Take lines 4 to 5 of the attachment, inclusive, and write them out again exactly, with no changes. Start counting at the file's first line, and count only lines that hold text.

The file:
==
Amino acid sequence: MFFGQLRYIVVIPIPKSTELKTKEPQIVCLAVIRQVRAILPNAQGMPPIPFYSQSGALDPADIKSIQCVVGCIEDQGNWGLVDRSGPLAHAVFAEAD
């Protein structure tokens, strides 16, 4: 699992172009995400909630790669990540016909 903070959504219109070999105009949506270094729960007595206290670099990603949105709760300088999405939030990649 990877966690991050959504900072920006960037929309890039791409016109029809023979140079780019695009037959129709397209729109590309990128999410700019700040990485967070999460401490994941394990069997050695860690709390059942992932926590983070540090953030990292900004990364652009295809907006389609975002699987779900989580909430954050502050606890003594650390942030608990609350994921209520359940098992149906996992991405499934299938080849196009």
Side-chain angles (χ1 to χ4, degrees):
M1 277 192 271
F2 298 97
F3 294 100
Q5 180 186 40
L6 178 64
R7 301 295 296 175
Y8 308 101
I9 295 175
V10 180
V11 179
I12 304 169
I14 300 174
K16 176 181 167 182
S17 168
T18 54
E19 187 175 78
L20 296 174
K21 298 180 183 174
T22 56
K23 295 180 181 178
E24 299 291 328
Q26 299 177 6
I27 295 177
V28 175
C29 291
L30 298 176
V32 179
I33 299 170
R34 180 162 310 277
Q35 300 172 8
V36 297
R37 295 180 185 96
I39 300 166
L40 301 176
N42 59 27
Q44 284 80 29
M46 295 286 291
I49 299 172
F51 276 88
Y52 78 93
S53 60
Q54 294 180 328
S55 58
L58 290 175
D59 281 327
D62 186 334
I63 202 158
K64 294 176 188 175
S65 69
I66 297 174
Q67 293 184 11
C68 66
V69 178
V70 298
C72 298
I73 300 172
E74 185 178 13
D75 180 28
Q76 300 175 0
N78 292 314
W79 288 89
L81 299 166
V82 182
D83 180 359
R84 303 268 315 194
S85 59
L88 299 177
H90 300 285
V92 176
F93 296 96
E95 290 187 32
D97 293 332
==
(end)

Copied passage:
M1 277 192 271
F2 298 97